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COUNTRY REPORT

VIETNAM

AN EXPORT DESTINATION ?

BACKGROUND

Vietnam is the easternmost country on the Indochina Peninsula and has a population of an estimated 93 million; this translates to the 13th most populous country in the world and the eight most populous in Asia. Traditionally the economy revolved around the agricultural sector (wet rice cultivation). Manufacturing, information technology and high tech-industries now form a large and dynamic part of the national economy. It is also the third largest oil producer in South East Asia with a total output of 318,000 barrels per day as per 2011 statistics.

Australian exports into Vietnam include wheat, ferrous waste, copper and crustaceans.

THE ECONOMY

A recent IMF report (released August 9, 2013) indicated that Vietnam had finally regained macroeconomic stability over the past year; however progress remains in a two speed mode with the export sector performing well but the domestic not so well. Factors impacting on the domestic economy include:

             low productivity

             poor structuring of resource allocation

             Impaired bank balances

             Inefficiency in several state owned enterprises

Selected economic indicators, 2009-14 (Percentages)

 

 

 

 

EST

PROJECTIONS

 

2009

2010

2011

2012

2013

2014

 

 

 

 

 

 

 

Real GDP (% change)

5.4

6.4

6.2

5.2

5.3

5.4

Credit to the economy ( Change end of period)

39.6

32.4

14.3

8.7

12.4

13.1

Nominal short term lending rate (less than one year) (in % end of period)

12.7

14.0

16.4

12.3

_

_

Current account balance (includes official transfers) (in % of GDP)

-6.0

-3.8

0.2

5.9

5.6

3.3

Exports fob (in % of GDP)

56.2

64.0

72.0

75.0

77.9

77.7

Imports fob (in %G of DP)

64.3

4.1

4.1

4.5

2.5

0.7

Gross international reserves (in billions of USD)

14.1

12.4

13.5

25.4

38.7

46.1

Credit growth: has picked up with a strong focus on the export-oriented and agricultural sectors.

Inflation: headline inflation has declined significantly however underlying pressures persist

Fiscal revenue: both domestic and imported related fiscal revenue has been weaker during recent months

Current account: This is in surplus and there has been a surge to USD9.1 billion in 2012, up from USD0.2 billion in 2011 resulting from strong exports and a slowing of imports.

The exchange rate: this has been stable, gross international reserves have more than doubled in February 2013 from end 2011, although still INADEQUATE at about 2.5months imports.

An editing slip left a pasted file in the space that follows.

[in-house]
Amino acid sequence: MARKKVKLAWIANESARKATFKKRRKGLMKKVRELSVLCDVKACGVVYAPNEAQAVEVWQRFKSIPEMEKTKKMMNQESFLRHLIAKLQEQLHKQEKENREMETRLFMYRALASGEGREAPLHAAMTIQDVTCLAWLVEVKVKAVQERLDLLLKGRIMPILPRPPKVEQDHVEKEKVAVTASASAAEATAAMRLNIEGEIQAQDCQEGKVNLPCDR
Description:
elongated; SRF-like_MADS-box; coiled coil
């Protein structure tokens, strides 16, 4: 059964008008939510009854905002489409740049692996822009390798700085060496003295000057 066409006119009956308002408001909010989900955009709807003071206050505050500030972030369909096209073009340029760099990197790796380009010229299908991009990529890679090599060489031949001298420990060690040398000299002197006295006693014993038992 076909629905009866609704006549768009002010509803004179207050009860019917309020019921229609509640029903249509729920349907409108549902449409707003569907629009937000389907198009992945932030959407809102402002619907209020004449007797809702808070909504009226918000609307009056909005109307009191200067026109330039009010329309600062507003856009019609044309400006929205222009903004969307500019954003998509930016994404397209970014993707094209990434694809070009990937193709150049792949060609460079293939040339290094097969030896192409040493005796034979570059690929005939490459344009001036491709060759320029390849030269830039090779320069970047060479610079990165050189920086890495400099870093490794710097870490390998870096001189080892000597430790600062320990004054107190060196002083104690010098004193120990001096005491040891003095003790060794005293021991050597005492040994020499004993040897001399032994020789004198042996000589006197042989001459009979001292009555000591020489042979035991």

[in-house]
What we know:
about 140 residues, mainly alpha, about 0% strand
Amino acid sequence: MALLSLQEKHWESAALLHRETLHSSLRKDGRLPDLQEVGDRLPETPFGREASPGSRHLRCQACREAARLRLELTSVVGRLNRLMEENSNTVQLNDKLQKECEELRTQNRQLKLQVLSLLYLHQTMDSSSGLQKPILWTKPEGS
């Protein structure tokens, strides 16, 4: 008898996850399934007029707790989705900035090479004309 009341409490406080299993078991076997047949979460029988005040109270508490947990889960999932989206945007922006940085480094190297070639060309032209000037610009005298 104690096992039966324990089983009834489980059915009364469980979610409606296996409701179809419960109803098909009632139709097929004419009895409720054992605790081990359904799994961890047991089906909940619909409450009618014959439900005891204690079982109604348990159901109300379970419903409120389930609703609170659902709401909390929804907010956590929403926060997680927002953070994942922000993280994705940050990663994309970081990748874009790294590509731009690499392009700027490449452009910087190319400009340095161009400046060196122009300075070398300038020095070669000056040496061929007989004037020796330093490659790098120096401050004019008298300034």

RISKS AND VULNERABILITIES

The banking system : there has been significant progress by the authorities in macroeconomic stabilization and the containment of vulnerabilities in the banking sector. Calm has now returned to financial markets following moves by the State Bank of Vietnam (SBV) to provide liquidity and facilitation of the merging of several smaller (and weak) banks over the past two years. Another step by the SBV has been to reduce bank balance sheets risks from speculation in gold through measures to stop gold deposit taking and lending activities.

At this stage some banks are dependent on access to the SBV’s refinancing facility as they cannot meet the required conditions to access the interbank’s market. Overall the interbank’s function has been restored. There is now strong evidence that banking system liquidity has eased as evidenced by the growth of higher deposit levels and lower funding costs

State owned enterprises (SOE’s) : a restructuring plan has been drawn up to force SOE’s to remove   non-core assets, improve reporting and implement better internal controls and financial reporting. SOE’s are a key source of vulnerability as many are loss making or just breaking even. As part of the reform strategy it is envisaged that around 43 percent of SOE’s will be equitised and the rest sold, restructured, sold or liquidated.

In summary

Both the banking system and SOE’s will continue to be key sources of vulnerability due to past policies. The banking system is undercapitalized and under provisioned and profitability is low. Another area of concern is the cross ownership among banks and between banks and enterprises which means the authorities will need to ensure that there is no contagion risk. Data limitations and challenges in the regulatory and supervisory framework will continue to hamper an understanding of the true state of the financial system. SOE’s dominate key industries and account for one third of all business asserts and one sixth of employment. SOE’s also provide one half of corporate income and one third of domestic value added taxes.

THE FUTURE

Expectations are that the current account surplus over the next two years will remain sizable with continued strong foreign direct investment (FDI) inflows which will support foreign reserves. Growth expectations in 2013 are projected to reach just over 5 percent in 2013 strongly supported by exports. This will depend on an improving global economy accompanied by broadly unchanged monetary and exchange rate policies and a calculated and steady withdrawal of fiscal stimulus.

Source : Vietnamese authorities and IMF estimates and projections

 

John Brooks

Trade Economist

The Auspacific Institute

30 September 2013